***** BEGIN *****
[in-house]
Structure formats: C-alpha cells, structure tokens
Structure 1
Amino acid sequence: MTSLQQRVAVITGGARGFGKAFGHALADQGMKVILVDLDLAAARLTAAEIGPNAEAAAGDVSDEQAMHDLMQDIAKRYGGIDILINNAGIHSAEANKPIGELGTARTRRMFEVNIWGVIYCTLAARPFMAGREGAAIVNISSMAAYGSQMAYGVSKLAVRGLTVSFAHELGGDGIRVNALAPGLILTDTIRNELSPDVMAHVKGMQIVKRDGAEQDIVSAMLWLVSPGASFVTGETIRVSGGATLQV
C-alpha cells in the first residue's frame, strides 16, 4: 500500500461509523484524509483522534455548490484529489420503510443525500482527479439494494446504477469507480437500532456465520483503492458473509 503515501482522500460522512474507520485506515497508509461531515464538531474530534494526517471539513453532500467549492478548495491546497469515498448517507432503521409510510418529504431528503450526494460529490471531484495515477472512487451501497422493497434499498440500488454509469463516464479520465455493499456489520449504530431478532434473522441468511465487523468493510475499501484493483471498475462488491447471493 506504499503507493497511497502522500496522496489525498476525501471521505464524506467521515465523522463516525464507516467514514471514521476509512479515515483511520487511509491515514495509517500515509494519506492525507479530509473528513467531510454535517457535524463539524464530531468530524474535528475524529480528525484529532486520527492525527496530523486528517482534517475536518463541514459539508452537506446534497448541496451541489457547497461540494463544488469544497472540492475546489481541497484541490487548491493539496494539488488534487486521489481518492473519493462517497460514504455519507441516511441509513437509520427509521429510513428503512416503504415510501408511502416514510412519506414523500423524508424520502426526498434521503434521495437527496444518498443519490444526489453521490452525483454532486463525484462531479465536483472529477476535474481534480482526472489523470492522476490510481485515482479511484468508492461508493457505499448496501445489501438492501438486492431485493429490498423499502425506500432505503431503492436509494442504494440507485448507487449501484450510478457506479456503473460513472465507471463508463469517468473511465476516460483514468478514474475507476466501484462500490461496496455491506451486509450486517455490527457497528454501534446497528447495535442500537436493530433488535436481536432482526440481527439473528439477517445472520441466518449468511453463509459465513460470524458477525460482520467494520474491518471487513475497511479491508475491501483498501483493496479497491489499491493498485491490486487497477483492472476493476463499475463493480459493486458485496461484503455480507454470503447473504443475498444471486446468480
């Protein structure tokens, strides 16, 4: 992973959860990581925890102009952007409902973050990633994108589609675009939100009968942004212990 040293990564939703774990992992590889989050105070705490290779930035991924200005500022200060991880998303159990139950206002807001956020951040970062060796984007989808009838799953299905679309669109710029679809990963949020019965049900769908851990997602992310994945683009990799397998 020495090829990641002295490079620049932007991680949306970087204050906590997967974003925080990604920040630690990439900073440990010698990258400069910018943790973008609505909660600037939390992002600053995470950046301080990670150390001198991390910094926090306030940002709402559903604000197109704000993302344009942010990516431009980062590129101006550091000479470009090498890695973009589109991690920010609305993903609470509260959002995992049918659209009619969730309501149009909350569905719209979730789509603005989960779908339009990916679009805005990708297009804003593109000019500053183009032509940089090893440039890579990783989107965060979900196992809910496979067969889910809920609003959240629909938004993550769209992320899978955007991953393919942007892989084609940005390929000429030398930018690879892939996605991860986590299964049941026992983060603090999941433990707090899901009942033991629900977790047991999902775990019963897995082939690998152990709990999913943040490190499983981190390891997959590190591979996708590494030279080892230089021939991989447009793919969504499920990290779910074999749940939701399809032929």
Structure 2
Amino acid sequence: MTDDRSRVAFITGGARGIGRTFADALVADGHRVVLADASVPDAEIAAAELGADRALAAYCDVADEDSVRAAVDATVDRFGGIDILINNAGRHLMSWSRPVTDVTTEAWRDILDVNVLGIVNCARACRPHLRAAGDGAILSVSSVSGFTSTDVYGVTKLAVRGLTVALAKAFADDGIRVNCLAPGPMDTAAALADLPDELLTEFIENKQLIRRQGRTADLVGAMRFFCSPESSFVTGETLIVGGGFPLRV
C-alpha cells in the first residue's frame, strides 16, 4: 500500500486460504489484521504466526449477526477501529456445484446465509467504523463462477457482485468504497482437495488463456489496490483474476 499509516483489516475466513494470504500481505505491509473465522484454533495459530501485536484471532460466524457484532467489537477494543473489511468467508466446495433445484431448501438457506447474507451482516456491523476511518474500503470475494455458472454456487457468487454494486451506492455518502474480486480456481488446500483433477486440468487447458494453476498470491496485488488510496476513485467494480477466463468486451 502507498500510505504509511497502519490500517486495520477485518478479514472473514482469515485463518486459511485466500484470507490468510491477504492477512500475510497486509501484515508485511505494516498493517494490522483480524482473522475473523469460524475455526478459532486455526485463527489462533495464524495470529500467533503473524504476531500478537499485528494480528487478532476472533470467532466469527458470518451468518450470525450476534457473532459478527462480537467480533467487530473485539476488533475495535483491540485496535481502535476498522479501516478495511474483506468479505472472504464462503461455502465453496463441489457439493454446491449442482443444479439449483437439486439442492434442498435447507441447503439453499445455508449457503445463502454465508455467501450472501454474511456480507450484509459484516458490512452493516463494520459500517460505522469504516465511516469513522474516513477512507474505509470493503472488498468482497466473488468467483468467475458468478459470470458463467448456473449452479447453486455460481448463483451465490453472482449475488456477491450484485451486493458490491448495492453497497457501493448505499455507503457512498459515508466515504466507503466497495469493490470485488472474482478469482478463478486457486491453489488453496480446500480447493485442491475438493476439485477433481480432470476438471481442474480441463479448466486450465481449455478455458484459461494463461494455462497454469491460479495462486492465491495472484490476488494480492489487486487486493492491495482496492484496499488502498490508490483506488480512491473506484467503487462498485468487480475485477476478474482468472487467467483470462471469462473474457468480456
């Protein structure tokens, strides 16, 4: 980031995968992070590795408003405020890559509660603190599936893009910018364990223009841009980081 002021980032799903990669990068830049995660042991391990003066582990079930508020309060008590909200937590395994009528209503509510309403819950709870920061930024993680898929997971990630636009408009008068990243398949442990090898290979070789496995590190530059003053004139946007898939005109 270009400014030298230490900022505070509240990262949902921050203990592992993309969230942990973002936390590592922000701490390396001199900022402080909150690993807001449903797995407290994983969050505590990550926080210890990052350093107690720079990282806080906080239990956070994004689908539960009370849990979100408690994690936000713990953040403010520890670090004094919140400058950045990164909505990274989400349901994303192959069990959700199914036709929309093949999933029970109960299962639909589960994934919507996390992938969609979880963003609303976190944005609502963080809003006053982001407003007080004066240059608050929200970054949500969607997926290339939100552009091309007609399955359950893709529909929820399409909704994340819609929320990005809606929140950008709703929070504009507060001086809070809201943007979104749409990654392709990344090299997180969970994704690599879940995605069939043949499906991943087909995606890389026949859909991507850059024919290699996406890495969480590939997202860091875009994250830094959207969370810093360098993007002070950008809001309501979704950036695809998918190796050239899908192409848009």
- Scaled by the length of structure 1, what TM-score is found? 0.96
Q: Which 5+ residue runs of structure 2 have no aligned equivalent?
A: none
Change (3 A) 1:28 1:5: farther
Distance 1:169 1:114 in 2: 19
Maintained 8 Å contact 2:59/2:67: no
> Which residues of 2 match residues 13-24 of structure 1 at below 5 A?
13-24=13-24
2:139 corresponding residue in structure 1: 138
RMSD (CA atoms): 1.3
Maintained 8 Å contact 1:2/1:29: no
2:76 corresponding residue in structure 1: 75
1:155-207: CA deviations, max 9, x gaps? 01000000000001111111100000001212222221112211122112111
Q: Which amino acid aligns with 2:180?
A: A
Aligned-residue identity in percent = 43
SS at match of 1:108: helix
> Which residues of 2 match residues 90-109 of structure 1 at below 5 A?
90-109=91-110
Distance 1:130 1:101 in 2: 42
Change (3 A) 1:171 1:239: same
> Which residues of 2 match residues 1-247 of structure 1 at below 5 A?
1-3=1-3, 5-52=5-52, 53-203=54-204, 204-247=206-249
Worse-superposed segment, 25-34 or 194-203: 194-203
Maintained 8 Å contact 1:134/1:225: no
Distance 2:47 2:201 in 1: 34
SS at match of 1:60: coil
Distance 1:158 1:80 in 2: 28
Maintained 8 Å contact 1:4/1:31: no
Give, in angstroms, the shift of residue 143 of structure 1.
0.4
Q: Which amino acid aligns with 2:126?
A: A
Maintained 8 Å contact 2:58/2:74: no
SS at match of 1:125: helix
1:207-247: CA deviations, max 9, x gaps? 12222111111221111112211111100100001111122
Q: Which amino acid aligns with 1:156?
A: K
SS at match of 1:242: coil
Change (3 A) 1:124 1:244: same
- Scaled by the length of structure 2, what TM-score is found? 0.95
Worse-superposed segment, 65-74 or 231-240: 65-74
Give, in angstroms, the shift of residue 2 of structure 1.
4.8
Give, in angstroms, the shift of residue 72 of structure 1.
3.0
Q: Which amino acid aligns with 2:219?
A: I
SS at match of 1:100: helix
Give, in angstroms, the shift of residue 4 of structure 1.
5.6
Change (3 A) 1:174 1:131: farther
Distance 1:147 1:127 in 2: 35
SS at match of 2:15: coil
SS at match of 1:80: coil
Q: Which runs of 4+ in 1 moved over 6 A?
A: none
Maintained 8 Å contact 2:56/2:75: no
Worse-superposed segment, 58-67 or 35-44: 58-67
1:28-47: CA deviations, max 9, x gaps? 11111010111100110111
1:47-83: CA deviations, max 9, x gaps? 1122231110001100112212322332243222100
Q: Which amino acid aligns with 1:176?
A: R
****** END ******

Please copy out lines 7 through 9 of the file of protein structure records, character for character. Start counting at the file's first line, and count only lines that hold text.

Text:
Structure 2
Amino acid sequence: MTDDRSRVAFITGGARGIGRTFADALVADGHRVVLADASVPDAEIAAAELGADRALAAYCDVADEDSVRAAVDATVDRFGGIDILINNAGRHLMSWSRPVTDVTTEAWRDILDVNVLGIVNCARACRPHLRAAGDGAILSVSSVSGFTSTDVYGVTKLAVRGLTVALAKAFADDGIRVNCLAPGPMDTAAALADLPDELLTEFIENKQLIRRQGRTADLVGAMRFFCSPESSFVTGETLIVGGGFPLRV
C-alpha cells in the first residue's frame, strides 16, 4: 500500500486460504489484521504466526449477526477501529456445484446465509467504523463462477457482485468504497482437495488463456489496490483474476 499509516483489516475466513494470504500481505505491509473465522484454533495459530501485536484471532460466524457484532467489537477494543473489511468467508466446495433445484431448501438457506447474507451482516456491523476511518474500503470475494455458472454456487457468487454494486451506492455518502474480486480456481488446500483433477486440468487447458494453476498470491496485488488510496476513485467494480477466463468486451 502507498500510505504509511497502519490500517486495520477485518478479514472473514482469515485463518486459511485466500484470507490468510491477504492477512500475510497486509501484515508485511505494516498493517494490522483480524482473522475473523469460524475455526478459532486455526485463527489462533495464524495470529500467533503473524504476531500478537499485528494480528487478532476472533470467532466469527458470518451468518450470525450476534457473532459478527462480537467480533467487530473485539476488533475495535483491540485496535481502535476498522479501516478495511474483506468479505472472504464462503461455502465453496463441489457439493454446491449442482443444479439449483437439486439442492434442498435447507441447503439453499445455508449457503445463502454465508455467501450472501454474511456480507450484509459484516458490512452493516463494520459500517460505522469504516465511516469513522474516513477512507474505509470493503472488498468482497466473488468467483468467475458468478459470470458463467448456473449452479447453486455460481448463483451465490453472482449475488456477491450484485451486493458490491448495492453497497457501493448505499455507503457512498459515508466515504466507503466497495469493490470485488472474482478469482478463478486457486491453489488453496480446500480447493485442491475438493476439485477433481480432470476438471481442474480441463479448466486450465481449455478455458484459461494463461494455462497454469491460479495462486492465491495472484490476488494480492489487486487486493492491495482496492484496499488502498490508490483506488480512491473506484467503487462498485468487480475485477476478474482468472487467467483470462471469462473474457468480456